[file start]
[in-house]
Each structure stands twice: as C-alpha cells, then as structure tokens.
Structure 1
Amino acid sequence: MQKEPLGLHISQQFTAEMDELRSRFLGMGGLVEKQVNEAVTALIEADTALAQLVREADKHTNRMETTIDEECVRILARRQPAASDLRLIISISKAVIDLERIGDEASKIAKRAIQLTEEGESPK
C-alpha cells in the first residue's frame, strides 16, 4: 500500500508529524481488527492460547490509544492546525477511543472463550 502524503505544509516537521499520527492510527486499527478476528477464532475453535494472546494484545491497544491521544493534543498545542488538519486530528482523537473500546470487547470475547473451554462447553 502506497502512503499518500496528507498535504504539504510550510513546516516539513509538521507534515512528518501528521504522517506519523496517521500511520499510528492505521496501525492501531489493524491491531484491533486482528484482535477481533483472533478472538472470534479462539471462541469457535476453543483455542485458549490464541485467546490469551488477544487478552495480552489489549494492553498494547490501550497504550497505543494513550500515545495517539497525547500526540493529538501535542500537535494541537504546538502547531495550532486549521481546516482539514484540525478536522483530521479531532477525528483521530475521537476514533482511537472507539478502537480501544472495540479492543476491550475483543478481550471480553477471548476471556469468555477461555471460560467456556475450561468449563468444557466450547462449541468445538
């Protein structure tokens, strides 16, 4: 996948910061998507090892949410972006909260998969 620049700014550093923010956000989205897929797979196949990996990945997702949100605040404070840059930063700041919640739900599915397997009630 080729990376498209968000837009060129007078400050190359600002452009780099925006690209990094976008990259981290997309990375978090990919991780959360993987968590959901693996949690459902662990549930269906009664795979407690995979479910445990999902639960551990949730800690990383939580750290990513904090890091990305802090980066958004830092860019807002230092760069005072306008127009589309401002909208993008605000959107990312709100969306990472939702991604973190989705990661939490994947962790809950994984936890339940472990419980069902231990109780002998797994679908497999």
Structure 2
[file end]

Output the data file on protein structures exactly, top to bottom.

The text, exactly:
[in-house]
Each structure stands twice: as C-alpha cells, then as structure tokens.
Structure 1
Amino acid sequence: MQKEPLGLHISQQFTAEMDELRSRFLGMGGLVEKQVNEAVTALIEADTALAQLVREADKHTNRMETTIDEECVRILARRQPAASDLRLIISISKAVIDLERIGDEASKIAKRAIQLTEEGESPK
C-alpha cells in the first residue's frame, strides 16, 4: 500500500508529524481488527492460547490509544492546525477511543472463550 502524503505544509516537521499520527492510527486499527478476528477464532475453535494472546494484545491497544491521544493534543498545542488538519486530528482523537473500546470487547470475547473451554462447553 502506497502512503499518500496528507498535504504539504510550510513546516516539513509538521507534515512528518501528521504522517506519523496517521500511520499510528492505521496501525492501531489493524491491531484491533486482528484482535477481533483472533478472538472470534479462539471462541469457535476453543483455542485458549490464541485467546490469551488477544487478552495480552489489549494492553498494547490501550497504550497505543494513550500515545495517539497525547500526540493529538501535542500537535494541537504546538502547531495550532486549521481546516482539514484540525478536522483530521479531532477525528483521530475521537476514533482511537472507539478502537480501544472495540479492543476491550475483543478481550471480553477471548476471556469468555477461555471460560467456556475450561468449563468444557466450547462449541468445538
């Protein structure tokens, strides 16, 4: 996948910061998507090892949410972006909260998969 620049700014550093923010956000989205897929797979196949990996990945997702949100605040404070840059930063700041919640739900599915397997009630 080729990376498209968000837009060129007078400050190359600002452009780099925006690209990094976008990259981290997309990375978090990919991780959360993987968590959901693996949690459902662990549930269906009664795979407690995979479910445990999902639960551990949730800690990383939580750290990513904090890091990305802090980066958004830092860019807002230092760069005072306008127009589309401002909208993008605000959107990312709100969306990472939702991604973190989705990661939490994947962790809950994984936890339940472990419980069902231990109780002998797994679908497999």
Structure 2